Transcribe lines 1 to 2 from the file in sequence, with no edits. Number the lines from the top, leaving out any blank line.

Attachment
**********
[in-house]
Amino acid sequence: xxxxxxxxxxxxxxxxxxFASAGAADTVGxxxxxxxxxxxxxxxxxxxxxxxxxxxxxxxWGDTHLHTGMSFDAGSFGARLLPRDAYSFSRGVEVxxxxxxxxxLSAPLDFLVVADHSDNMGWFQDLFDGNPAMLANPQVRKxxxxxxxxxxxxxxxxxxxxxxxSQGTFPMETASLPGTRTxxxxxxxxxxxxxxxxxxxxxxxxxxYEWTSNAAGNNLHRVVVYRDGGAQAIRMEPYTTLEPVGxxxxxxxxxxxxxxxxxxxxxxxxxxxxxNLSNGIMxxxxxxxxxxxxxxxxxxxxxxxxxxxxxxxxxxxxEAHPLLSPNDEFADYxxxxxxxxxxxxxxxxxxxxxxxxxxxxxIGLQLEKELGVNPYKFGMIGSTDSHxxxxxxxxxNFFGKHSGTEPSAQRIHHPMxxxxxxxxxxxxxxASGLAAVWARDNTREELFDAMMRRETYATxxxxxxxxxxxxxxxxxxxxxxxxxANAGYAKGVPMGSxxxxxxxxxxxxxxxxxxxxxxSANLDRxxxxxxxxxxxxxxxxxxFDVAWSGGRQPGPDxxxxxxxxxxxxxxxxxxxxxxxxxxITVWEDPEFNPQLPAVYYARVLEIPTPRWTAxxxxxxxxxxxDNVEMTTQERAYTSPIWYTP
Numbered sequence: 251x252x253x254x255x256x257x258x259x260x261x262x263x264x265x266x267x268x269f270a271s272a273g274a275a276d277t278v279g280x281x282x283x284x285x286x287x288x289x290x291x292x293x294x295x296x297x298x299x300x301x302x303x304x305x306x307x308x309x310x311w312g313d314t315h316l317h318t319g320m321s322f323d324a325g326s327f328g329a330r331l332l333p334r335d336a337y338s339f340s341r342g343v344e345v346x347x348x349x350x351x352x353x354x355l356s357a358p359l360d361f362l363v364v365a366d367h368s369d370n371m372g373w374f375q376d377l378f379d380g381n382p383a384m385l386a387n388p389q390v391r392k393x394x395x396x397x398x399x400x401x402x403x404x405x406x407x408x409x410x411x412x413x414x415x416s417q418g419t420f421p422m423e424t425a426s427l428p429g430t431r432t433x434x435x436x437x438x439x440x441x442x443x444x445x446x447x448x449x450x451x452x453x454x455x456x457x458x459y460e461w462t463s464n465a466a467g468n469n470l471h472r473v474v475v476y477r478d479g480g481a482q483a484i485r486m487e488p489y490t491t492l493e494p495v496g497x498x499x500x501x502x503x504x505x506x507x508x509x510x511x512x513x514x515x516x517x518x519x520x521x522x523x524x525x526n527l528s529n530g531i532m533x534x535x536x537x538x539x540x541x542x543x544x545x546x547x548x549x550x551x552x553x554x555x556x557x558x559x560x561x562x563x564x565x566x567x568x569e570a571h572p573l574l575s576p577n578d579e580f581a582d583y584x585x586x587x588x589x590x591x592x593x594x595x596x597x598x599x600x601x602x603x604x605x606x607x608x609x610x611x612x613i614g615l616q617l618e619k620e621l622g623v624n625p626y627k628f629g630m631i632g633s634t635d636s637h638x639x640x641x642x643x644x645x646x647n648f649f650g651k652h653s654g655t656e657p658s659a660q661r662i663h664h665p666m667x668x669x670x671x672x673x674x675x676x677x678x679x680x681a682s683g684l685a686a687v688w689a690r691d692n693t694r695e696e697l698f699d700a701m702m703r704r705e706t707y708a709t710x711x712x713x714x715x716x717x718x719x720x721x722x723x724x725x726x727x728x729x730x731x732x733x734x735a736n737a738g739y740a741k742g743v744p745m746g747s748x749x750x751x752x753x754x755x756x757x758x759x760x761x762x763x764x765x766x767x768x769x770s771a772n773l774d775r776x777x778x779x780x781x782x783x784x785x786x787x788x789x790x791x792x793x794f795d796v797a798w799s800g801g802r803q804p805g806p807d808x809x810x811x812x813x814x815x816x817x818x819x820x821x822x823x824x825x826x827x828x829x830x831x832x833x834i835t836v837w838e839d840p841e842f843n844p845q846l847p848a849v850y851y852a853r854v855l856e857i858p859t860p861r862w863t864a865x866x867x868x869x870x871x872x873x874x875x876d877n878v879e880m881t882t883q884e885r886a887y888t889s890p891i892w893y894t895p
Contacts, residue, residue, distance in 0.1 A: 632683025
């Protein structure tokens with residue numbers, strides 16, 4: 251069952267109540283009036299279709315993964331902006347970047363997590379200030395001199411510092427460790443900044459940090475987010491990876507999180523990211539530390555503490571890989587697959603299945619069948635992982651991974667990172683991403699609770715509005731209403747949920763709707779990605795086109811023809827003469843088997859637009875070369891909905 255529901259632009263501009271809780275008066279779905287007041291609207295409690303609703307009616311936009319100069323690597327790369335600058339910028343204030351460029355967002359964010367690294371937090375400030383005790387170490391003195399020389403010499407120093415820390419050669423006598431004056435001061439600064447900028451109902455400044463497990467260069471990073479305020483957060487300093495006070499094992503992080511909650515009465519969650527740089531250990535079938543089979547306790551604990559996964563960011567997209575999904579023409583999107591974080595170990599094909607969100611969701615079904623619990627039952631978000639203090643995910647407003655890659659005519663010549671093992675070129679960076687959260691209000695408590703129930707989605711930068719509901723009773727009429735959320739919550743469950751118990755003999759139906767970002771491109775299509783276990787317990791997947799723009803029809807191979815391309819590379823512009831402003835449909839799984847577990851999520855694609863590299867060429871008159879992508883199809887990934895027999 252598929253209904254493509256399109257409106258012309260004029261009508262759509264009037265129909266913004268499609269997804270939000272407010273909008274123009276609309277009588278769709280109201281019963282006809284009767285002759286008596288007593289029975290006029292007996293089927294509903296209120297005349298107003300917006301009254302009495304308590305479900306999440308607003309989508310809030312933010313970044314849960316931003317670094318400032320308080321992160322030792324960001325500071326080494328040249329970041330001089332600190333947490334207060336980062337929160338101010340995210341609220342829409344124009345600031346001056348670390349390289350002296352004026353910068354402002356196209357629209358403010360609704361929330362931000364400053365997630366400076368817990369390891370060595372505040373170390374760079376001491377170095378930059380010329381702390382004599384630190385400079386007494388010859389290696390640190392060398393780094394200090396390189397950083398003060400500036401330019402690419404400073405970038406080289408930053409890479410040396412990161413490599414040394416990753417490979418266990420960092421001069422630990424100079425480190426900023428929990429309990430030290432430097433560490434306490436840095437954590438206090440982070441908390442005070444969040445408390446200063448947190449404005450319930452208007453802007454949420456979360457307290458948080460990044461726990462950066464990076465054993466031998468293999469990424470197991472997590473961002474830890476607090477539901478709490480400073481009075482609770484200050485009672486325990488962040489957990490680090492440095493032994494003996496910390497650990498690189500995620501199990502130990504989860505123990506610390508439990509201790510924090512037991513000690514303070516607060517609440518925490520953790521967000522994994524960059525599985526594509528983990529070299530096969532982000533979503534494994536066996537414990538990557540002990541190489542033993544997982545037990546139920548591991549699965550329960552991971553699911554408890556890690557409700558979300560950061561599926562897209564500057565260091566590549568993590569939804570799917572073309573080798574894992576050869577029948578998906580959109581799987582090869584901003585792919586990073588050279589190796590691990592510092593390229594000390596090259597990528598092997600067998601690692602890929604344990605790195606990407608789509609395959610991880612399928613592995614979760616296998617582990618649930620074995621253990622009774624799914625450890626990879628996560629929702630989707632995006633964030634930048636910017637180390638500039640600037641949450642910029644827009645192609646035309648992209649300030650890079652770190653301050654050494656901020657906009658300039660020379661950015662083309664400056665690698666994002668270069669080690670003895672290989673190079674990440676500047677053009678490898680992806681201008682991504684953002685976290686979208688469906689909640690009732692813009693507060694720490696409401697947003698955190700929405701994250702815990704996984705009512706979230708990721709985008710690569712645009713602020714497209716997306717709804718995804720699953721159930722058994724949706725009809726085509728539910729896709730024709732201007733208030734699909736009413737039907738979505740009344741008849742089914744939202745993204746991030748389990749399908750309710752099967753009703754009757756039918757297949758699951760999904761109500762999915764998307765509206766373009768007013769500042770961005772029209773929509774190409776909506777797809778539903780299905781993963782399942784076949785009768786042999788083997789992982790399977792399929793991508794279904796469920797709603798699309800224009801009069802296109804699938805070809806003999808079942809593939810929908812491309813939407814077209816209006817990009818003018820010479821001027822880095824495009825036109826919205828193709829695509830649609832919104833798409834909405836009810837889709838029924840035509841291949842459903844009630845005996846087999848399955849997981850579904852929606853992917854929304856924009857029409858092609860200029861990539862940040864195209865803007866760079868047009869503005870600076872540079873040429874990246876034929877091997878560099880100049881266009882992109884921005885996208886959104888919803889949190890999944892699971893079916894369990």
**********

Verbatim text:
[in-house]
Amino acid sequence: xxxxxxxxxxxxxxxxxxFASAGAADTVGxxxxxxxxxxxxxxxxxxxxxxxxxxxxxxxWGDTHLHTGMSFDAGSFGARLLPRDAYSFSRGVEVxxxxxxxxxLSAPLDFLVVADHSDNMGWFQDLFDGNPAMLANPQVRKxxxxxxxxxxxxxxxxxxxxxxxSQGTFPMETASLPGTRTxxxxxxxxxxxxxxxxxxxxxxxxxxYEWTSNAAGNNLHRVVVYRDGGAQAIRMEPYTTLEPVGxxxxxxxxxxxxxxxxxxxxxxxxxxxxxNLSNGIMxxxxxxxxxxxxxxxxxxxxxxxxxxxxxxxxxxxxEAHPLLSPNDEFADYxxxxxxxxxxxxxxxxxxxxxxxxxxxxxIGLQLEKELGVNPYKFGMIGSTDSHxxxxxxxxxNFFGKHSGTEPSAQRIHHPMxxxxxxxxxxxxxxASGLAAVWARDNTREELFDAMMRRETYATxxxxxxxxxxxxxxxxxxxxxxxxxANAGYAKGVPMGSxxxxxxxxxxxxxxxxxxxxxxSANLDRxxxxxxxxxxxxxxxxxxFDVAWSGGRQPGPDxxxxxxxxxxxxxxxxxxxxxxxxxxITVWEDPEFNPQLPAVYYARVLEIPTPRWTAxxxxxxxxxxxDNVEMTTQERAYTSPIWYTP